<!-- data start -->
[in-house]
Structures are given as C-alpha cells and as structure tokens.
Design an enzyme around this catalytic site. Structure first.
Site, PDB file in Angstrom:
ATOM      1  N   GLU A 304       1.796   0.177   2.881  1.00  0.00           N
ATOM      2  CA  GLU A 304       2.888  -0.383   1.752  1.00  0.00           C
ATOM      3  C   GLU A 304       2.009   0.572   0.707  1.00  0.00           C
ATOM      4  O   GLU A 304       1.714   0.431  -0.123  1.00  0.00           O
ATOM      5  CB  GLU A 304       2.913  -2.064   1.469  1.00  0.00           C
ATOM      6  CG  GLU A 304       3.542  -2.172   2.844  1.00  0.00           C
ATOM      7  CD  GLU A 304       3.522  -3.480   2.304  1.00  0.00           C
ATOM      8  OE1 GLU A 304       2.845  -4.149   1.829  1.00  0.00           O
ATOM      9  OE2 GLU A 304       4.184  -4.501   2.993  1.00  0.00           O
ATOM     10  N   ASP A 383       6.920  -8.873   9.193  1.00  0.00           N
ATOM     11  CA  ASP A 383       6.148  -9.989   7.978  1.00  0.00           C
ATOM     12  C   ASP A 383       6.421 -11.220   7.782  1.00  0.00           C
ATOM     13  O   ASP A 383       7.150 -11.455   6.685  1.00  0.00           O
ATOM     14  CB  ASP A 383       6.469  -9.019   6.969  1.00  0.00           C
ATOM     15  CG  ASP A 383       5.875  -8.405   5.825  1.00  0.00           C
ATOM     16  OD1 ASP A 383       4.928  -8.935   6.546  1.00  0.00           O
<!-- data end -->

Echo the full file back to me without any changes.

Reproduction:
[in-house]
Structures are given as C-alpha cells and as structure tokens.
Design an enzyme around this catalytic site. Structure first.
Site, PDB file in Angstrom:
ATOM      1  N   GLU A 304       1.796   0.177   2.881  1.00  0.00           N
ATOM      2  CA  GLU A 304       2.888  -0.383   1.752  1.00  0.00           C
ATOM      3  C   GLU A 304       2.009   0.572   0.707  1.00  0.00           C
ATOM      4  O   GLU A 304       1.714   0.431  -0.123  1.00  0.00           O
ATOM      5  CB  GLU A 304       2.913  -2.064   1.469  1.00  0.00           C
ATOM      6  CG  GLU A 304       3.542  -2.172   2.844  1.00  0.00           C
ATOM      7  CD  GLU A 304       3.522  -3.480   2.304  1.00  0.00           C
ATOM      8  OE1 GLU A 304       2.845  -4.149   1.829  1.00  0.00           O
ATOM      9  OE2 GLU A 304       4.184  -4.501   2.993  1.00  0.00           O
ATOM     10  N   ASP A 383       6.920  -8.873   9.193  1.00  0.00           N
ATOM     11  CA  ASP A 383       6.148  -9.989   7.978  1.00  0.00           C
ATOM     12  C   ASP A 383       6.421 -11.220   7.782  1.00  0.00           C
ATOM     13  O   ASP A 383       7.150 -11.455   6.685  1.00  0.00           O
ATOM     14  CB  ASP A 383       6.469  -9.019   6.969  1.00  0.00           C
ATOM     15  CG  ASP A 383       5.875  -8.405   5.825  1.00  0.00           C
ATOM     16  OD1 ASP A 383       4.928  -8.935   6.546  1.00  0.00           O